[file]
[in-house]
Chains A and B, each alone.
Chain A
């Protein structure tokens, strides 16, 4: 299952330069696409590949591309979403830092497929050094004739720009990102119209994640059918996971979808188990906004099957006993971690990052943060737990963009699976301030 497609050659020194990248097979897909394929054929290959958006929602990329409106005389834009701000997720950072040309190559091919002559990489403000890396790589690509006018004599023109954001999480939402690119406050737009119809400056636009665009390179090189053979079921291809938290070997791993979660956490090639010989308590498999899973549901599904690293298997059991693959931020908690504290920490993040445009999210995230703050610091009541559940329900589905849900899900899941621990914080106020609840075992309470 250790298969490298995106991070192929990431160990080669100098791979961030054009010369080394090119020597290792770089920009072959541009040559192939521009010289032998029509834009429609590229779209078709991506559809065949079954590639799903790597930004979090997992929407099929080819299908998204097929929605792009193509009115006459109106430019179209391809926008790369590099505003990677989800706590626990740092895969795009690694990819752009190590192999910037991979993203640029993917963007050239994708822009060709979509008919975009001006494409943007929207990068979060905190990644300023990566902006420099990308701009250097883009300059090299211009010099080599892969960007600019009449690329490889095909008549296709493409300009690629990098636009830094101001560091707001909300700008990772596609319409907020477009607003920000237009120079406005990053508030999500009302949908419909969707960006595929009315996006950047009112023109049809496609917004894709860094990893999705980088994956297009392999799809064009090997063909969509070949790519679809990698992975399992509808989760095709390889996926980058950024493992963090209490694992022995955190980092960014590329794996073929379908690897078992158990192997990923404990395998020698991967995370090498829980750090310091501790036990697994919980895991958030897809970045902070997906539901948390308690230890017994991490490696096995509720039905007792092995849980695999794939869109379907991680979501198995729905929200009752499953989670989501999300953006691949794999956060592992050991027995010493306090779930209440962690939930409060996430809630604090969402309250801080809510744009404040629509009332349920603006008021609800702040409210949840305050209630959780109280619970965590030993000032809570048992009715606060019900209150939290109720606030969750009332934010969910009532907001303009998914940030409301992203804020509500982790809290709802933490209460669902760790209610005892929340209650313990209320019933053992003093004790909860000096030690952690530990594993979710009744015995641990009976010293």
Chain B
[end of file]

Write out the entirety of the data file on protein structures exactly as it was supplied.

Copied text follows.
[in-house]
Chains A and B, each alone.
Chain A
């Protein structure tokens, strides 16, 4: 299952330069696409590949591309979403830092497929050094004739720009990102119209994640059918996971979808188990906004099957006993971690990052943060737990963009699976301030 497609050659020194990248097979897909394929054929290959958006929602990329409106005389834009701000997720950072040309190559091919002559990489403000890396790589690509006018004599023109954001999480939402690119406050737009119809400056636009665009390179090189053979079921291809938290070997791993979660956490090639010989308590498999899973549901599904690293298997059991693959931020908690504290920490993040445009999210995230703050610091009541559940329900589905849900899900899941621990914080106020609840075992309470 250790298969490298995106991070192929990431160990080669100098791979961030054009010369080394090119020597290792770089920009072959541009040559192939521009010289032998029509834009429609590229779209078709991506559809065949079954590639799903790597930004979090997992929407099929080819299908998204097929929605792009193509009115006459109106430019179209391809926008790369590099505003990677989800706590626990740092895969795009690694990819752009190590192999910037991979993203640029993917963007050239994708822009060709979509008919975009001006494409943007929207990068979060905190990644300023990566902006420099990308701009250097883009300059090299211009010099080599892969960007600019009449690329490889095909008549296709493409300009690629990098636009830094101001560091707001909300700008990772596609319409907020477009607003920000237009120079406005990053508030999500009302949908419909969707960006595929009315996006950047009112023109049809496609917004894709860094990893999705980088994956297009392999799809064009090997063909969509070949790519679809990698992975399992509808989760095709390889996926980058950024493992963090209490694992022995955190980092960014590329794996073929379908690897078992158990192997990923404990395998020698991967995370090498829980750090310091501790036990697994919980895991958030897809970045902070997906539901948390308690230890017994991490490696096995509720039905007792092995849980695999794939869109379907991680979501198995729905929200009752499953989670989501999300953006691949794999956060592992050991027995010493306090779930209440962690939930409060996430809630604090969402309250801080809510744009404040629509009332349920603006008021609800702040409210949840305050209630959780109280619970965590030993000032809570048992009715606060019900209150939290109720606030969750009332934010969910009532907001303009998914940030409301992203804020509500982790809290709802933490209460669902760790209610005892929340209650313990209320019933053992003093004790909860000096030690952690530990594993979710009744015995641990009976010293």
Chain B